Once upon a time, sex was taboo. It certainly happened, but you didn’t talk about it. The pill didn’t exist; condoms were hard to get — actually illegal even for married couples until the 1960s — so there was always the fear of pregnancy. If that happened, you might get married. Or you might get an illegal abortion, and, if you were lucky, survive it.
Today, we live in a very different country. We talk about sex constantly. Birth control has revolutionized sexual attitudes. A 2007 National Youth Risk Behavior Survey by the Centers for Disease Control found that 47.8 percent of high school students have had sex. “The Brady Bunch” made headlines for showing a married couple in the same bed, but now it’s not uncommon to show sex on broadcast television. Magazines and movies have followed a similar trend.
But what is still missing is a constructive and realistic engagement in Hollywood with two closely linked sexual issues: teen pregnancy and abortion.
In 2007, then 16-year-old Jamie Lynn Spears shocked the world when she announced that she was pregnant with her boyfriend’s child. In her post-baby interview with OK! Magazine, she showed off her newborn, shared memories of a “perfect” delivery, disclosed her dream to be a Southern soccer mom and said “Being a mom is the best feeling in the world!”
Beautiful, but dangerous words, Jamie Lynn. Words that glorify exactly what we, as a country, should be working against — more teen pregnancies. America has the highest teen-pregnancy rate of any industrialized country. The Centers for Disease Control estimates that nearly one-third of American girls get pregnant before 20. Thus, there are a lot of young moms, with fewer resources than Jamie Lynn, struggling to raise kids though still children themselves.
Hollywood’s big and little screens add to this glorification. “Juno,” the “Grey’s Anatomy” episode from a couple of weeks ago, MTV’s “Sixteen and Pregnant” and many others depict heartwarming stories of teens getting knocked up and struggling to figure out what motherhood means. Hollywood loves telling these stories — so full of drama, awkward sex and emotions. Clearly, sex (and pregnancy) sells.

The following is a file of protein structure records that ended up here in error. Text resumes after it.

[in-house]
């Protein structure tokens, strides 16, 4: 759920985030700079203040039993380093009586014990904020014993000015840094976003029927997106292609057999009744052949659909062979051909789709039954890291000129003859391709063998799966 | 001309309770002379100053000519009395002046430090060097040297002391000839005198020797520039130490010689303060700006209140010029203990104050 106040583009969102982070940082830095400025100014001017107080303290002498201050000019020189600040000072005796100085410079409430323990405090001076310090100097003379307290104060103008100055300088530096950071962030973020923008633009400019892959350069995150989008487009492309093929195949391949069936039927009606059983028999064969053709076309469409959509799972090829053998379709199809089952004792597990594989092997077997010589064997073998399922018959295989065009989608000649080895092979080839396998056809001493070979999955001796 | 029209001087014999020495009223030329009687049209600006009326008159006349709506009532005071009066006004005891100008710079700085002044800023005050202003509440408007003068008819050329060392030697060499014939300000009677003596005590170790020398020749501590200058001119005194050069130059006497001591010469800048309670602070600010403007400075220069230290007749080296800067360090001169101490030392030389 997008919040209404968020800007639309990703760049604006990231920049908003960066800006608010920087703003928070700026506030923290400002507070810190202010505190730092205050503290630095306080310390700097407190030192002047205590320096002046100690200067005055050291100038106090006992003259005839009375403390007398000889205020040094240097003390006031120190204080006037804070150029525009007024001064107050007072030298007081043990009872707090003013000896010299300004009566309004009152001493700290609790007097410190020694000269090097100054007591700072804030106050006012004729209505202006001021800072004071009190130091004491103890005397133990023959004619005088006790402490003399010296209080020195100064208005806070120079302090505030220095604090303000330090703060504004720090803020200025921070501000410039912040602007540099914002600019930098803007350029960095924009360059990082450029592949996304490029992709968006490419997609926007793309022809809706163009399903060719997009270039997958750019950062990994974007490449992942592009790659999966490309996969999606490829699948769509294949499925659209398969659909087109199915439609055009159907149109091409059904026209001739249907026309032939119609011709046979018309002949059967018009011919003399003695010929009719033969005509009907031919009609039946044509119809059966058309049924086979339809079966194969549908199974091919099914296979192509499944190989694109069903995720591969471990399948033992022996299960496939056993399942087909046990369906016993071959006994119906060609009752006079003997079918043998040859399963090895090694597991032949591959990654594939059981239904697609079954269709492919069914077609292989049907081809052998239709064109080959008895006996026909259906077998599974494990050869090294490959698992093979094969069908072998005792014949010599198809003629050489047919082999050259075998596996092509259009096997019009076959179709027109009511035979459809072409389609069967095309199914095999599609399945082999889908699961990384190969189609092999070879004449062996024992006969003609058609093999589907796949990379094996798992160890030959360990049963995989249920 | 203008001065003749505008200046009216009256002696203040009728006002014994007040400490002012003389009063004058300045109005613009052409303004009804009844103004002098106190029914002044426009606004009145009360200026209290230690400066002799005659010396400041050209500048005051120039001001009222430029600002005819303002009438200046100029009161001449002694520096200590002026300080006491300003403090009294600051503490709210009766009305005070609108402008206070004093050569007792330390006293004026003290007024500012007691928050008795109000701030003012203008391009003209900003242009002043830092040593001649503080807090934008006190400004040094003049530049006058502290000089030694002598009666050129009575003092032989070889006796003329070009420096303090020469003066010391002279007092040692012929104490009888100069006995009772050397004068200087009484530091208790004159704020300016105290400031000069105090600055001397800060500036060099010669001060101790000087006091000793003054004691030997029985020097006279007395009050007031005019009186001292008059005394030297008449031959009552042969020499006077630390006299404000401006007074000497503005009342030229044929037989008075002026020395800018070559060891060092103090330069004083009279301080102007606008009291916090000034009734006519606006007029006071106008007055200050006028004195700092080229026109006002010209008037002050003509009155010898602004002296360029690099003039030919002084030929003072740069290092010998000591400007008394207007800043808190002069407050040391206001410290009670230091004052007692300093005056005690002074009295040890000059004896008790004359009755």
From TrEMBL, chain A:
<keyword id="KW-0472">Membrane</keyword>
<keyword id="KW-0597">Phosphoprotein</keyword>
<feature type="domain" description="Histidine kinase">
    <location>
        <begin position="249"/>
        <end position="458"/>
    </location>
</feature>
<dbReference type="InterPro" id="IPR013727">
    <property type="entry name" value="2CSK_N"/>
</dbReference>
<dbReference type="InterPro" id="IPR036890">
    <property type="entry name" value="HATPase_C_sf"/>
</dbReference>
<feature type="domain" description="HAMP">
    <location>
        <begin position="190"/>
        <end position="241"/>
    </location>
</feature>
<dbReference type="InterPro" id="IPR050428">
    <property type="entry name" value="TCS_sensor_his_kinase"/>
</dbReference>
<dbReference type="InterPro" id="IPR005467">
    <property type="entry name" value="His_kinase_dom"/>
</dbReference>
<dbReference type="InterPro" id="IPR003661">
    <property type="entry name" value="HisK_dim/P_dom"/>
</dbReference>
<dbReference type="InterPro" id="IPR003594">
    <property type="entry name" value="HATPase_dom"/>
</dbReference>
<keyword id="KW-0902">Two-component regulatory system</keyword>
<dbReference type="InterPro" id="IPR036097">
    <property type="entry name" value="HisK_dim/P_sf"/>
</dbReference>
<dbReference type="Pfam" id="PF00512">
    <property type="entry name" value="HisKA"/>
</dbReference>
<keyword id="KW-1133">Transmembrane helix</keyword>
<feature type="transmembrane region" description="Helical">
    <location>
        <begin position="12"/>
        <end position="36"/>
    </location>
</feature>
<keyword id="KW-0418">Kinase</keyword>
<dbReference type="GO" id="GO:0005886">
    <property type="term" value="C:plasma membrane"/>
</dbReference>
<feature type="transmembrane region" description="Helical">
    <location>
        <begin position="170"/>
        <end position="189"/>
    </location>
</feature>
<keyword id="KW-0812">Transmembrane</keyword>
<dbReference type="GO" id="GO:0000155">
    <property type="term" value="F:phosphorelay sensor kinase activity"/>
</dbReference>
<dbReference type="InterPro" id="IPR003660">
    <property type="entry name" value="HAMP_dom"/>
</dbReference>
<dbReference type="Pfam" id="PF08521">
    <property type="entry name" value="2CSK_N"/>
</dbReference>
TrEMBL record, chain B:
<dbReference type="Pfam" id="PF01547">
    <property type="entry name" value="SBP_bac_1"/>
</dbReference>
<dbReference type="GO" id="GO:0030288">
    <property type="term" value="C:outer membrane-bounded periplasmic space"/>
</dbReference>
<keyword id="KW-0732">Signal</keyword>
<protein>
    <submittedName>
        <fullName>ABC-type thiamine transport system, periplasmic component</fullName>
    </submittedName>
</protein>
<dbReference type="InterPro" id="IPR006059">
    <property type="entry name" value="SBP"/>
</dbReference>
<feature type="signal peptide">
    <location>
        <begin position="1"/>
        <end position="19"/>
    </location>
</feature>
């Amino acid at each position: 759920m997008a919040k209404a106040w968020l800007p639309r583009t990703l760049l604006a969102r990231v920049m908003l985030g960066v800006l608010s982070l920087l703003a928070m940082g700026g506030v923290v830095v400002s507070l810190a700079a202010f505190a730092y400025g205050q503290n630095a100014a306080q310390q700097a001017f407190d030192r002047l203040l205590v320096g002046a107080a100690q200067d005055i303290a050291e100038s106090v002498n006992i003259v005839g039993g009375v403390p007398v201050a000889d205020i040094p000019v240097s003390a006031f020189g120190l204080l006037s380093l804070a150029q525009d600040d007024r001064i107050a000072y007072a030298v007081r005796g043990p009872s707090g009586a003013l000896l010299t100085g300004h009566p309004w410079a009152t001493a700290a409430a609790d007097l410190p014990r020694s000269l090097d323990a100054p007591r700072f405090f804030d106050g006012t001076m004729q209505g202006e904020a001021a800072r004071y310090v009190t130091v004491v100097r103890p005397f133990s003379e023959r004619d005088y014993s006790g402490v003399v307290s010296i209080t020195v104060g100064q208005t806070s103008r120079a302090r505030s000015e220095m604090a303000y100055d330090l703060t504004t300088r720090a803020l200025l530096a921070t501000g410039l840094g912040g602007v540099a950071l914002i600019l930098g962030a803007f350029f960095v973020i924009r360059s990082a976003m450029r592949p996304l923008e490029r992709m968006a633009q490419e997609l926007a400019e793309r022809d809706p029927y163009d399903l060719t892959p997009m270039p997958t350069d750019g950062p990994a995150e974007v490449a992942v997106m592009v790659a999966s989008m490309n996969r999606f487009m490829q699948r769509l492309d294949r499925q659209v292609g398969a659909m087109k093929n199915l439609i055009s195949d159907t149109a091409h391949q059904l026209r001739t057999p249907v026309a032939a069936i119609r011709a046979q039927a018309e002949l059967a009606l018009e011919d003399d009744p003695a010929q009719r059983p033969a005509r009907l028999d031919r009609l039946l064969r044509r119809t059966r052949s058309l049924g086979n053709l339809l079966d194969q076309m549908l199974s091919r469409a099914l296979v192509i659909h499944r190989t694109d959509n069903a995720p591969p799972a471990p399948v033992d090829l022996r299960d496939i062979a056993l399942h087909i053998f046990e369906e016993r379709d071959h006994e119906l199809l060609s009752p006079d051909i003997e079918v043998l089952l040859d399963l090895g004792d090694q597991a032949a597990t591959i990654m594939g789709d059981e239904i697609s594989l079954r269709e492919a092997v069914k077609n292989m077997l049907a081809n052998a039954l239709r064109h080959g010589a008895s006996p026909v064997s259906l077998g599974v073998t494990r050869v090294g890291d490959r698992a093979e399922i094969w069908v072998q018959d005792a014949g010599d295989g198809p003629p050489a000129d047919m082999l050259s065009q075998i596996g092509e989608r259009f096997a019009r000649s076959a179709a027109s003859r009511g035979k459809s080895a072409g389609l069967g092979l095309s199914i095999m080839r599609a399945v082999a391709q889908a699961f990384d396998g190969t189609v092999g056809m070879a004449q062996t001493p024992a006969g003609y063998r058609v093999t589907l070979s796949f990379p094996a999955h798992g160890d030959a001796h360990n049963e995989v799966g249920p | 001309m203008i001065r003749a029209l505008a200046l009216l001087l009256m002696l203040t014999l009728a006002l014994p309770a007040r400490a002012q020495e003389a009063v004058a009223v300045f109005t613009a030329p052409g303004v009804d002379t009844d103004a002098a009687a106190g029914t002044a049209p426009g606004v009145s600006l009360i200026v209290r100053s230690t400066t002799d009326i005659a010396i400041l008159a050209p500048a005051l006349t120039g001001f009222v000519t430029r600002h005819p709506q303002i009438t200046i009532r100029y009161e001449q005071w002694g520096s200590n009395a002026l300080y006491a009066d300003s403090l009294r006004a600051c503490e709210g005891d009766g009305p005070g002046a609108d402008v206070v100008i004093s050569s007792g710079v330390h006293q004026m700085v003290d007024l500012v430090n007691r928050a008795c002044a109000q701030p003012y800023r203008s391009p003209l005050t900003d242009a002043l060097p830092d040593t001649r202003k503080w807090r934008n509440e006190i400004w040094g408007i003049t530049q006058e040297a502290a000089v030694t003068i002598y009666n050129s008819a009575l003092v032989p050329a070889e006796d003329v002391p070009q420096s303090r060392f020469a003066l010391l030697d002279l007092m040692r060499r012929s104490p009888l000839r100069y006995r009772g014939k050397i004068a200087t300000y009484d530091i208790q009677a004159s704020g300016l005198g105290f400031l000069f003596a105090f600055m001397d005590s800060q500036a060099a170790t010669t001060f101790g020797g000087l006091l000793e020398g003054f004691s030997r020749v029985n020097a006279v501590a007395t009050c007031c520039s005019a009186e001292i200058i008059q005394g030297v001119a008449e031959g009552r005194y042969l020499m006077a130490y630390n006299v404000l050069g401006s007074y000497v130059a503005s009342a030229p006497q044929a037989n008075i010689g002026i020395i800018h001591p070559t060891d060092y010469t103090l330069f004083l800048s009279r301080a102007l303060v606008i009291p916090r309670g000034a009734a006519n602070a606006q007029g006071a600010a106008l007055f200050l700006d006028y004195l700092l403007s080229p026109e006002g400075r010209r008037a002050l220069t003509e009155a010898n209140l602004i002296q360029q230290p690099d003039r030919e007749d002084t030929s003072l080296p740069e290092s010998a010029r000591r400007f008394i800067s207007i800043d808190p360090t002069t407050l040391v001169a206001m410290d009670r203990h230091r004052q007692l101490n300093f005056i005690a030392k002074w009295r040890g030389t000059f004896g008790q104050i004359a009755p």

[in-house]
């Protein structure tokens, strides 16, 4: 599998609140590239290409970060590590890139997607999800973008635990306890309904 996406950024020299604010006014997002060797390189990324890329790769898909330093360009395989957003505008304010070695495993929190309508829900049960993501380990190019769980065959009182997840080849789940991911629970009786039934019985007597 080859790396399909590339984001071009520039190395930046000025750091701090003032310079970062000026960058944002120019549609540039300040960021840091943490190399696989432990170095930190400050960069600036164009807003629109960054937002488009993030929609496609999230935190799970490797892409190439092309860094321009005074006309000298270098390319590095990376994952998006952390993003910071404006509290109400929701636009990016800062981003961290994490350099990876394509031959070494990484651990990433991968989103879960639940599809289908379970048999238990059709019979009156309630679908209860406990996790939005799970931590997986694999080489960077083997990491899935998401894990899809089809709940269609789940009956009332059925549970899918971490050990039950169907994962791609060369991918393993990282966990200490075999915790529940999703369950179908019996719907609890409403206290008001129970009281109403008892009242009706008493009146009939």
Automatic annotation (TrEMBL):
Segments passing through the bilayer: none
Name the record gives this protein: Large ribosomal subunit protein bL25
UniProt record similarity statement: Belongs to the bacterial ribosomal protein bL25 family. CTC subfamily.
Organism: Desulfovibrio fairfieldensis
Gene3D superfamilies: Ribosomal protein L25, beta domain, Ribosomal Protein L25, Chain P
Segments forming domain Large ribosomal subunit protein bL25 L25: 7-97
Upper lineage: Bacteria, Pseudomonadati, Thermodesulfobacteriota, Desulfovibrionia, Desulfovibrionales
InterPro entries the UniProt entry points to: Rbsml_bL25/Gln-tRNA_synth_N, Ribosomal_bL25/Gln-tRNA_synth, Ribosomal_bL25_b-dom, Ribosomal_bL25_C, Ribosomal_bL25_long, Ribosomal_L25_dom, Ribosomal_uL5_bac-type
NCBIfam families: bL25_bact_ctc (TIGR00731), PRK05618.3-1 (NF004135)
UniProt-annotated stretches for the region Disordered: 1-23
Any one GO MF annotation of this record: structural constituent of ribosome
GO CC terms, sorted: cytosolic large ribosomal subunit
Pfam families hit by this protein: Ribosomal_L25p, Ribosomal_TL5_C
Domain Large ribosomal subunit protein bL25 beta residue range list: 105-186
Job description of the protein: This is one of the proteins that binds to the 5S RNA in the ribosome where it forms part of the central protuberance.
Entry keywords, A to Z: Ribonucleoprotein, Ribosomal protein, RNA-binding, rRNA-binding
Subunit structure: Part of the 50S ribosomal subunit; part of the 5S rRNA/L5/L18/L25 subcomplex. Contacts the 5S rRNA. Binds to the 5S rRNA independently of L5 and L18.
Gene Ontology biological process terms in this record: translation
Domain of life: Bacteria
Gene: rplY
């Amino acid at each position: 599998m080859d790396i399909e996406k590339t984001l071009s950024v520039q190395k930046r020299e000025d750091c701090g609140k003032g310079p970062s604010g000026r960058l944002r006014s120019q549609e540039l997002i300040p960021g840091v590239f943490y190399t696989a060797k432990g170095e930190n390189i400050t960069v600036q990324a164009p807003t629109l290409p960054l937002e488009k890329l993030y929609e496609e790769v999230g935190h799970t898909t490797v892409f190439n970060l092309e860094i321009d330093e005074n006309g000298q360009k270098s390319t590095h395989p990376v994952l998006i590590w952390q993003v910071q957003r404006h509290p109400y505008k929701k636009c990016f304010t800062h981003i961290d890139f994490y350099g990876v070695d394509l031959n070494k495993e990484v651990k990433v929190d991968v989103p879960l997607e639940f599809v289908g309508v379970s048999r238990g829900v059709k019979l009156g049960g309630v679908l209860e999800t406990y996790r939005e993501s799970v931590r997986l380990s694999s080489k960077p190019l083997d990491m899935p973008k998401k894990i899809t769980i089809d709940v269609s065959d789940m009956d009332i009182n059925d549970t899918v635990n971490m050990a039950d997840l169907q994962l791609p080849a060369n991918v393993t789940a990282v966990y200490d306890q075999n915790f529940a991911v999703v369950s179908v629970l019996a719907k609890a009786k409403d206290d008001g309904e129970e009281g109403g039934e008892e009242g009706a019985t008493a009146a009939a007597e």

But Hollywood usually tells these teen-pregnancy stories by focusing on Michael Cera’s adorable smile and Ellen Page’s banter and skipping or sugarcoating the less fun bits of being a pregnant teen or a young mom.
Few movies depict that many pregnant teens cannot afford to support a child, will be mocked by their classmates, won’t have a partner’s help and will have to forsake many of their dreams.
And though not all mothers decide to keep their babies — “Juno” tells a charming story of adoption — it is striking that Hollywood almost never talks about abortion.
Like sex, abortion is also a reality in this country. In 2006, 846,181 legal abortions were reported to the CDC. Two percent of women aged 15 to 44 had an abortion in 2008.
But this reality is seldom portrayed in film. “Fast Times at Ridgemont High” is one of the few movies that depicts teens getting abortions in a straightforward, legal way. That was 28 years ago, in the heyday of Roe v. Wade.
Now, on the big screen, women usually conveniently miscarry or decide to keep the baby.
On “Sex and the City,” Samantha and Carrie discuss their abortions, but the conversations only last one episode. Miranda can’t go though with her abortion when she gets pregnant. Katherine Heigl in “Knocked Up” hardly considers the option. Juno barely even makes it inside the doors of the clinic before turning around. In “Private Practice,” 15-year-old Maya makes it to the operating table, but she gets cold feet too. A 16-year-old character on “Party of Five” suitably miscarries after deciding to go to the clinic.
Evidently abortion, especially in relation to teens, is not box-office material.
Maybe abortion is too polarizing an issue to approach in “Grey’s.” Networks risk alienating large portions of potential audiences and sponsors. And in today’s political climate, it may be too dangerous. Abortion clinics are bombed and doctors who perform them are murdered, as the Supreme Court whittles away at Roe v. Wade. And many see abortion as a private issue — a decision women struggle with alone, not something to be talked about by Patrick Dempsey.
Consequently, abortion is like sex 50 years ago: a great taboo. It happens, but no one talks about it.
With women’s reproductive freedoms are under attack, why shouldn’t Hollywood talk about it now? Hollywood grapples with other controversial issues — drugs, race and homosexuality. Why aren’t they willing to tackle abortion as well? And why not talk about teen pregnancy in a way that more clearly portrays the hardship of young motherhood and not just cravings for liverwurst?
If Hollywood continues to manipulate the reality of sexuality, glorifying teen moms and ignoring abortion, we will only hear more stories like the one from Gloucester, Mass. In 2008, 17 teenage girls got pregnant on purpose and formed a “pregnancy pact” — girls clearly unaware that motherhood is anything but glamorous. They made the news and a movie on Lifetime.
The girl who walks in to Planned Parenthood and makes a difficult decision almost never does.
Kathryn Olivarius is a junior in Branford College.